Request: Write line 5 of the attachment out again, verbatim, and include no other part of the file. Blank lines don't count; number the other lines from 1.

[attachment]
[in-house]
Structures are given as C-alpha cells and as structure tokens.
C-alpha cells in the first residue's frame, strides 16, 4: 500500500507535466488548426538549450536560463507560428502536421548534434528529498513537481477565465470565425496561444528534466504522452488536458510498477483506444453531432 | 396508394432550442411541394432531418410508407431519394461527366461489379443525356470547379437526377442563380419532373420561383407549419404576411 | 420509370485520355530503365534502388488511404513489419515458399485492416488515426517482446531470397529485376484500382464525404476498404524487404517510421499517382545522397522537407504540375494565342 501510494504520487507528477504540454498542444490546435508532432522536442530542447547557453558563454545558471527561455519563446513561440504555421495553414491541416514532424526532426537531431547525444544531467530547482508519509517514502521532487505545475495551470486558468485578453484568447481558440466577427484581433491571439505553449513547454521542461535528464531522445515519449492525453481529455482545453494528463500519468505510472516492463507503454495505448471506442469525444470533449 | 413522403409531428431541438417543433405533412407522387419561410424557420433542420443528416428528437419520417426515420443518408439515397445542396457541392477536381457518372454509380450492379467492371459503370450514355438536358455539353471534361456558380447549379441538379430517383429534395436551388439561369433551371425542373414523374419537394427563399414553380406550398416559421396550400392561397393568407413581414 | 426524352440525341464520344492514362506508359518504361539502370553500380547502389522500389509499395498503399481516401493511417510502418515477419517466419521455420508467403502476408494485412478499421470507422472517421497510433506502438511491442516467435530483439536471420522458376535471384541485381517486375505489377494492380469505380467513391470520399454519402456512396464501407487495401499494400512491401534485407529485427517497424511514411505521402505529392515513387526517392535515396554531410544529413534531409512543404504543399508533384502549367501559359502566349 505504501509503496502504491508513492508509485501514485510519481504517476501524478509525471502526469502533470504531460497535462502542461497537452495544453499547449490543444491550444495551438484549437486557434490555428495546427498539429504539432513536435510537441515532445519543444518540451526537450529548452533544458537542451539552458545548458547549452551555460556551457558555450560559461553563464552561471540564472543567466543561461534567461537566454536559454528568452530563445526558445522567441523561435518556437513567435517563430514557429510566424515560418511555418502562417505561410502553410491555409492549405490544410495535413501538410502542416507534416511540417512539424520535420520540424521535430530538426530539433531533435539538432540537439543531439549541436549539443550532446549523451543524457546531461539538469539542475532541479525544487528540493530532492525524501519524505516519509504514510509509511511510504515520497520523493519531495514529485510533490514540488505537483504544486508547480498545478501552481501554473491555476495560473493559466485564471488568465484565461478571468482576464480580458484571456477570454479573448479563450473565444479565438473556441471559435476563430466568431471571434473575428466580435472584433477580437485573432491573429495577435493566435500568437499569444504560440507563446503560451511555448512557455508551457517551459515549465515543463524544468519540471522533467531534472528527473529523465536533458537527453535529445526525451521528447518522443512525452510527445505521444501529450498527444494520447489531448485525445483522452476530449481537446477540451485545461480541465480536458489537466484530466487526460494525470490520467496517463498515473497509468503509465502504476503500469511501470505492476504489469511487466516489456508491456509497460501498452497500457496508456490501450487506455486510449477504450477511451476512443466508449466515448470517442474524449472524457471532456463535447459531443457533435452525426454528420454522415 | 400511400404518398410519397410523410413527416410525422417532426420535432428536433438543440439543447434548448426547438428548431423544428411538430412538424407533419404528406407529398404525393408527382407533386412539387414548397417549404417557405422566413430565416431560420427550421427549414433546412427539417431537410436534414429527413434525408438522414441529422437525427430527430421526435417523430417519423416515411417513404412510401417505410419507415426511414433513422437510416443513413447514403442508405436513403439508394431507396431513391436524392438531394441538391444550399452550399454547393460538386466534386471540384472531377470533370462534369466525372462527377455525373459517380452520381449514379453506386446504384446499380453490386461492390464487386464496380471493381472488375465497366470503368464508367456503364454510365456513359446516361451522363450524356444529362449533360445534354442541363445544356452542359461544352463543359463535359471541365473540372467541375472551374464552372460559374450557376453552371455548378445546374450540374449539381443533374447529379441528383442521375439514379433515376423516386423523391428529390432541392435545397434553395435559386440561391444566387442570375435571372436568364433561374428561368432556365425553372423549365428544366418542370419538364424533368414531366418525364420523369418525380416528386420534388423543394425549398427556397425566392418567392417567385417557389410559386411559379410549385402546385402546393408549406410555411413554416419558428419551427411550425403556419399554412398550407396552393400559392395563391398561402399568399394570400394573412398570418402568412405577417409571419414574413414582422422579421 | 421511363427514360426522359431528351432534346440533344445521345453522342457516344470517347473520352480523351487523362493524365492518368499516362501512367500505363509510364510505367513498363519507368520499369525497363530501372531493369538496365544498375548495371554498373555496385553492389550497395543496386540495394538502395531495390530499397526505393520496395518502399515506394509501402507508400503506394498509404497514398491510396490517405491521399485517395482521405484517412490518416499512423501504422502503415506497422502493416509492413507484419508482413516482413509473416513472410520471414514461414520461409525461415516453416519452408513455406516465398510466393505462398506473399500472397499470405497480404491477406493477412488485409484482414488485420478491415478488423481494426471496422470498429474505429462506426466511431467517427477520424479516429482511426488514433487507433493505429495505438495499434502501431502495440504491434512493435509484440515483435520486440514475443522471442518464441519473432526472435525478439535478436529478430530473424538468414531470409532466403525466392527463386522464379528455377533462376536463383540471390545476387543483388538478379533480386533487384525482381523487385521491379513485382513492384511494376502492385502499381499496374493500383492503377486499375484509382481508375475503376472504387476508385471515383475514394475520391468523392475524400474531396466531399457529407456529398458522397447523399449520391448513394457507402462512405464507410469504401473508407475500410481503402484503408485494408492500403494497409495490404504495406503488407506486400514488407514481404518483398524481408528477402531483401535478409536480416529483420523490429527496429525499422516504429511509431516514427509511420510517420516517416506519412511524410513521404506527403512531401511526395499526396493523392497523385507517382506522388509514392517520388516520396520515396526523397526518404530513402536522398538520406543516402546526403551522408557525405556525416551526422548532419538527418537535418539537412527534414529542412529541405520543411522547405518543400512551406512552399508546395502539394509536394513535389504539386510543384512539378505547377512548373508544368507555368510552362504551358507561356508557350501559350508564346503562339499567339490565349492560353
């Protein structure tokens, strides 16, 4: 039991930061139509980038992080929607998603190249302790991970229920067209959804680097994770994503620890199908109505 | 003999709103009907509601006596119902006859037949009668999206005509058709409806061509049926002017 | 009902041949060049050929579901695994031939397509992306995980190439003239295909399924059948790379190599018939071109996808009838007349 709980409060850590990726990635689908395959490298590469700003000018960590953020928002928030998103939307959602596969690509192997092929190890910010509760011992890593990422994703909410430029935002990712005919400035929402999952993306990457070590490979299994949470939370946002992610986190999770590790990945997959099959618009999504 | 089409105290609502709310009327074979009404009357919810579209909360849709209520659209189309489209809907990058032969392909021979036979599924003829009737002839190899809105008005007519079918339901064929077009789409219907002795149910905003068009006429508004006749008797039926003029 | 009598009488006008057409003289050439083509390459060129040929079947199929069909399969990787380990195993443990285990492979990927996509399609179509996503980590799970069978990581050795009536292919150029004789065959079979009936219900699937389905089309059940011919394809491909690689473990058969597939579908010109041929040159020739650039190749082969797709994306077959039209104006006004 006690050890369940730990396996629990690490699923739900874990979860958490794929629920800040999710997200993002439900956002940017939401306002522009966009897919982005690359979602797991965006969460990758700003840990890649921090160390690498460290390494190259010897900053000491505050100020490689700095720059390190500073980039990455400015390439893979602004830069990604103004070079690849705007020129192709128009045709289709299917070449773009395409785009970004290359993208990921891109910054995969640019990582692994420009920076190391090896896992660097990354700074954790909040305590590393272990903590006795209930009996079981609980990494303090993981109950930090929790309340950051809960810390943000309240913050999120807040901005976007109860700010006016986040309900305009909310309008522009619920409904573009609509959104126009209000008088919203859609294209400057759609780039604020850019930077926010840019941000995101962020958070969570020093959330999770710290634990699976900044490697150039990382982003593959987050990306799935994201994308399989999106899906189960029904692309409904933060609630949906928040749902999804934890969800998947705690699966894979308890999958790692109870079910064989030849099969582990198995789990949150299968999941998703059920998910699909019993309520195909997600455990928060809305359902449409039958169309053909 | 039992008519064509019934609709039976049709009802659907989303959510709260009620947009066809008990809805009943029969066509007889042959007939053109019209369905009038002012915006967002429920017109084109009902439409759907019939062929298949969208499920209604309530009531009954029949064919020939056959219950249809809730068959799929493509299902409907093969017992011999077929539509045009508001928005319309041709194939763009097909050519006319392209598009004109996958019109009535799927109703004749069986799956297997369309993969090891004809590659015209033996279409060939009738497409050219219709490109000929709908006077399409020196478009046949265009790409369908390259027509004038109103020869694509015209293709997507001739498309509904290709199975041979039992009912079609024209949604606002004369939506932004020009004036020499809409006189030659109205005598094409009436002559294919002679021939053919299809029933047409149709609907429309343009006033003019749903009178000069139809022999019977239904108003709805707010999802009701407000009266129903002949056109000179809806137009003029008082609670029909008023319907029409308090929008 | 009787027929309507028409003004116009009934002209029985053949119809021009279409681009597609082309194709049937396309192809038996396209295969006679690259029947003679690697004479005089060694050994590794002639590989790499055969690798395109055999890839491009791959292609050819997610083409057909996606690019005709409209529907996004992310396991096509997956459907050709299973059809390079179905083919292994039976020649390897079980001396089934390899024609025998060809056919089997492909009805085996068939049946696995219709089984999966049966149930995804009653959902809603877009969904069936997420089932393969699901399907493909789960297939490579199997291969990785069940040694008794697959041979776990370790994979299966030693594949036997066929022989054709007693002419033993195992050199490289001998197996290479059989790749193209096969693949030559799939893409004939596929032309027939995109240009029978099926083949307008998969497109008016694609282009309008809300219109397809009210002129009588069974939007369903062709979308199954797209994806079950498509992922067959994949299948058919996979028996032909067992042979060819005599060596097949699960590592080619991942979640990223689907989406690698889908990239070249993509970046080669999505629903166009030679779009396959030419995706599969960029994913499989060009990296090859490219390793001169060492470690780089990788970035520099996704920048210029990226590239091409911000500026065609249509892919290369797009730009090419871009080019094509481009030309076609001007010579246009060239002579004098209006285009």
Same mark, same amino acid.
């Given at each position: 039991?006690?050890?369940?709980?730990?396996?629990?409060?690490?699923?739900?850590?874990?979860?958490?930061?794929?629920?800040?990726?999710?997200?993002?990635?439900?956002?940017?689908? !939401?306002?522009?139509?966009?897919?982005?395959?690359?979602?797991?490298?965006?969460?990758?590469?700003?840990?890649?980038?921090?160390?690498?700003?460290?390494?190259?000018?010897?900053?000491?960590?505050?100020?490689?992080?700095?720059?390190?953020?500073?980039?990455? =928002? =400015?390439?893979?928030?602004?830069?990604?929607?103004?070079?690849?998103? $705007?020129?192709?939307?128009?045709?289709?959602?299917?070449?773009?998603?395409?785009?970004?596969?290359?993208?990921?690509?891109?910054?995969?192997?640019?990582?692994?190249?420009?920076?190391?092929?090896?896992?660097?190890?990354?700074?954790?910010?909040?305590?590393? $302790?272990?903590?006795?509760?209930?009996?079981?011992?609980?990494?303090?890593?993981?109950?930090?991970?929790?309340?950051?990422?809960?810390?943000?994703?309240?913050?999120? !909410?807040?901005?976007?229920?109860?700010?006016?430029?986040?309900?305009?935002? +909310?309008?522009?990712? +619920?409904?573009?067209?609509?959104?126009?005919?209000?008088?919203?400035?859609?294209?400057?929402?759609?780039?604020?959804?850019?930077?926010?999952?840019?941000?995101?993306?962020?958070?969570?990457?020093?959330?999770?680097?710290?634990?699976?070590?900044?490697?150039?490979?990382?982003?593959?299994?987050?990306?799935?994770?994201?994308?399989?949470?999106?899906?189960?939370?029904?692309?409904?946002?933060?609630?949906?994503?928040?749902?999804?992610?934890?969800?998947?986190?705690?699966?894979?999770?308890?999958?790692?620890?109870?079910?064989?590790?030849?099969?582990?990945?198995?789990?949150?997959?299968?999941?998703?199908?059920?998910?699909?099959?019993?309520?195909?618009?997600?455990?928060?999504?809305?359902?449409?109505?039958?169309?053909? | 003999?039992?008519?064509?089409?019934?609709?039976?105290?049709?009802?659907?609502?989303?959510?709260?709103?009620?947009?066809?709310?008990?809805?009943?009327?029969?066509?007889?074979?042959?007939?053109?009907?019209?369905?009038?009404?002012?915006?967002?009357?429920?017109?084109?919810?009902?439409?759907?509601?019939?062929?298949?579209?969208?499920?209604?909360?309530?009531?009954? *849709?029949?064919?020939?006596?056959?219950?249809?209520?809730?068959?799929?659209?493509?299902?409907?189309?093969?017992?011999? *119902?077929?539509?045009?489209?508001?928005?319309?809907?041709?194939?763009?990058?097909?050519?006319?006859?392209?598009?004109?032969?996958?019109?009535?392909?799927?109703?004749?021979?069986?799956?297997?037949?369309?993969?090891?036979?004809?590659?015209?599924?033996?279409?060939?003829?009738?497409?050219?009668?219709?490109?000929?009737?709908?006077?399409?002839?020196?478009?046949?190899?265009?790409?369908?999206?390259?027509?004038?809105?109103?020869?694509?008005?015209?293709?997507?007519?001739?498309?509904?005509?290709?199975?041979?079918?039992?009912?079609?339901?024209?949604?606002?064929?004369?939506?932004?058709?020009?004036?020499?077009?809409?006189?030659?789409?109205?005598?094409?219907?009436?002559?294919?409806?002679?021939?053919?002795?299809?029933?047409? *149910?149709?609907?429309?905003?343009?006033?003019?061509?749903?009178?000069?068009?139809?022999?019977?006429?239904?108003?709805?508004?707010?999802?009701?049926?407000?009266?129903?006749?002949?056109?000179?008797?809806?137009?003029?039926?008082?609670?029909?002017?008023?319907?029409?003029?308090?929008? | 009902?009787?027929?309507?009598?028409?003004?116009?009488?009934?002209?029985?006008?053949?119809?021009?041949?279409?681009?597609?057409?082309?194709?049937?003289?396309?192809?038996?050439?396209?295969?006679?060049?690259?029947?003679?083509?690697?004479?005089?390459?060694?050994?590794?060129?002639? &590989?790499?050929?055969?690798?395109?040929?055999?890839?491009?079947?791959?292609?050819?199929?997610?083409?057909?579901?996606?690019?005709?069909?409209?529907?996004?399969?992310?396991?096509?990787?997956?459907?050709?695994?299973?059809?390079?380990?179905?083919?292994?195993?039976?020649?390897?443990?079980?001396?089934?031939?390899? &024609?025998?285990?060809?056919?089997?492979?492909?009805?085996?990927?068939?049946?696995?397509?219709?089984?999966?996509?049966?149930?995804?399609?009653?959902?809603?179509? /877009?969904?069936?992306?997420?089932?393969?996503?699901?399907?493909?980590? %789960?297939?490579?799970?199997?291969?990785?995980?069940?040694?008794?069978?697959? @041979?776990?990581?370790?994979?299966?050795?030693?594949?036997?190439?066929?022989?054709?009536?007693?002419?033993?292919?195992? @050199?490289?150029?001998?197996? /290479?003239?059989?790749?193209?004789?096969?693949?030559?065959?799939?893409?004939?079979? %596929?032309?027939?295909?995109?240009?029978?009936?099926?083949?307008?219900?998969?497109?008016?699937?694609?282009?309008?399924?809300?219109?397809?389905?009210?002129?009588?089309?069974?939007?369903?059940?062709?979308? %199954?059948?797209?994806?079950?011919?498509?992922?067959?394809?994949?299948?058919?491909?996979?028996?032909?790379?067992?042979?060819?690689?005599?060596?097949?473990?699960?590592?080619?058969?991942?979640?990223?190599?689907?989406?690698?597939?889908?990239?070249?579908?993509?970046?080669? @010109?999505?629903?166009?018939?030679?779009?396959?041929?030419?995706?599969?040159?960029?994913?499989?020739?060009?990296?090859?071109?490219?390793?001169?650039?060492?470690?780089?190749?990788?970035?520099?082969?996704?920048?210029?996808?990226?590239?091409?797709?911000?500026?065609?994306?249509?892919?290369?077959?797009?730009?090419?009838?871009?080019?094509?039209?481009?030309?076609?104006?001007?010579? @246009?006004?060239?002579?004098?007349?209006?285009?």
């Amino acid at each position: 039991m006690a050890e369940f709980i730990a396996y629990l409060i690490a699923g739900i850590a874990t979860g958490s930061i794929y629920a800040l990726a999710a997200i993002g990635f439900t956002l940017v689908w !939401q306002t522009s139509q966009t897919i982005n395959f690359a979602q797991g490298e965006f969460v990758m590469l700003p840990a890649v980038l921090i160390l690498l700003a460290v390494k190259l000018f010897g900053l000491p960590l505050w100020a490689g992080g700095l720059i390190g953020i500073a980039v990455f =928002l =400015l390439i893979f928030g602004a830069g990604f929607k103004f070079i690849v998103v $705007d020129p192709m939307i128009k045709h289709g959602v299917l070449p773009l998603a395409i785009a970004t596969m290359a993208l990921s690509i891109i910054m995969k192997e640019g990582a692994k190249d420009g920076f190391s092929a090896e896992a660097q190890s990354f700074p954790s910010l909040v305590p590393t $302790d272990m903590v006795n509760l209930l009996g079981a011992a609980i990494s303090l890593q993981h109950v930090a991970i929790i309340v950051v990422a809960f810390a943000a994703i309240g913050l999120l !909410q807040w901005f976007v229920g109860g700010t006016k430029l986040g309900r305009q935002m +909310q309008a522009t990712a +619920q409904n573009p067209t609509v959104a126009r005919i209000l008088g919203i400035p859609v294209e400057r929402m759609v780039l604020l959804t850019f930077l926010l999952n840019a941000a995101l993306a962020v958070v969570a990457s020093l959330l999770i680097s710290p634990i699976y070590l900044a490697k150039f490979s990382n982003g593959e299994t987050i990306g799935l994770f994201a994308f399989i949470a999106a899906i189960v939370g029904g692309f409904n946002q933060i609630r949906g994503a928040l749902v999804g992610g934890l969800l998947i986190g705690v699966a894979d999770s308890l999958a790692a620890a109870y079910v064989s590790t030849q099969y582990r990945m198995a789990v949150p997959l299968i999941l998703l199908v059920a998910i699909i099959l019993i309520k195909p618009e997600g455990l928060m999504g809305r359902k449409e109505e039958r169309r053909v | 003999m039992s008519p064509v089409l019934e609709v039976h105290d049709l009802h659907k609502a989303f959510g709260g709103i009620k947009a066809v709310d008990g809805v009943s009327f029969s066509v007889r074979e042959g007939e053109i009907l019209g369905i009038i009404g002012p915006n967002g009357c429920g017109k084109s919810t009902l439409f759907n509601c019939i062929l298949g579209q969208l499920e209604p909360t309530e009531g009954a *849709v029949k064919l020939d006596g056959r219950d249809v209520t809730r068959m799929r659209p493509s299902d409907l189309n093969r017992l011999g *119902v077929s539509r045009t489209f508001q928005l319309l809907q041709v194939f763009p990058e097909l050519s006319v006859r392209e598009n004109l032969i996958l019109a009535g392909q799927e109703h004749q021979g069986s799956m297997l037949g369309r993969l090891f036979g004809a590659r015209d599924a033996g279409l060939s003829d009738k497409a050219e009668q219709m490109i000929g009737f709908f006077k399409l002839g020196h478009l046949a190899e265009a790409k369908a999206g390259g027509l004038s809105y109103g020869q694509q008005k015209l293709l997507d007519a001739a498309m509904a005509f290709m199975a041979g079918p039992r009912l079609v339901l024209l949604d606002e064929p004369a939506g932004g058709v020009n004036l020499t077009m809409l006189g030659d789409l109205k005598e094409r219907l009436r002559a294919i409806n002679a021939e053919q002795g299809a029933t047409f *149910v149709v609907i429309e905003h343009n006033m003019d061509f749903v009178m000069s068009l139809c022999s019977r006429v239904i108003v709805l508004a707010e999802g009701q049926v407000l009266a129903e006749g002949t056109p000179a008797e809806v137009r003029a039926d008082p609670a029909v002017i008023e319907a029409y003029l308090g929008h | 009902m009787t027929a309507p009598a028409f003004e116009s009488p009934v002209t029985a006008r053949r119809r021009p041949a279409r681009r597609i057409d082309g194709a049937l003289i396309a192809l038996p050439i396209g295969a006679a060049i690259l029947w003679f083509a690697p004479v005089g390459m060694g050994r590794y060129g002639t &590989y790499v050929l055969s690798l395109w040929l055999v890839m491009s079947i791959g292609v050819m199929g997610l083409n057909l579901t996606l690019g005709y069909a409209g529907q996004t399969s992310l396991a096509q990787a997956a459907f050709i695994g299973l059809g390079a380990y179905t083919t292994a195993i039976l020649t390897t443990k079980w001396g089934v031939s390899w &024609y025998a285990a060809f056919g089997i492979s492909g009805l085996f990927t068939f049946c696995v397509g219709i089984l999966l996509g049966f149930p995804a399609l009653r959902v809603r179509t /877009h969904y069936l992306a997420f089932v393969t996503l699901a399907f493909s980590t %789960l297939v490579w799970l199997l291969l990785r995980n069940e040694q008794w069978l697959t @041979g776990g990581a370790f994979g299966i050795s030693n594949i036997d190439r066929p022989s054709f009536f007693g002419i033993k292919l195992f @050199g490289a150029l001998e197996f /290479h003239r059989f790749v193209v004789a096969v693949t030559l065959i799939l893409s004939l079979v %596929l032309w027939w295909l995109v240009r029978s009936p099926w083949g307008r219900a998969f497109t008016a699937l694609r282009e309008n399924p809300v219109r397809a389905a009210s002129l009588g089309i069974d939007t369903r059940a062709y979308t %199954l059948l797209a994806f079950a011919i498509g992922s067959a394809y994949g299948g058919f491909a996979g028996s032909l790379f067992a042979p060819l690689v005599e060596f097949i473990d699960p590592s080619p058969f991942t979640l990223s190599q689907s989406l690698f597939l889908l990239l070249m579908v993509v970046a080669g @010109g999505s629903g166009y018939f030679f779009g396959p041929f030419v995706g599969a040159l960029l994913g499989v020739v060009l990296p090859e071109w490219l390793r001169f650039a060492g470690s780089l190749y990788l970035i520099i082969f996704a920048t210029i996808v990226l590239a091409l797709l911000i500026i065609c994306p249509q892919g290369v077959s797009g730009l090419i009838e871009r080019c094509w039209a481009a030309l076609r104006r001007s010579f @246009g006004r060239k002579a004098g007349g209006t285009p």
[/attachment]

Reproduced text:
Same mark, same amino acid.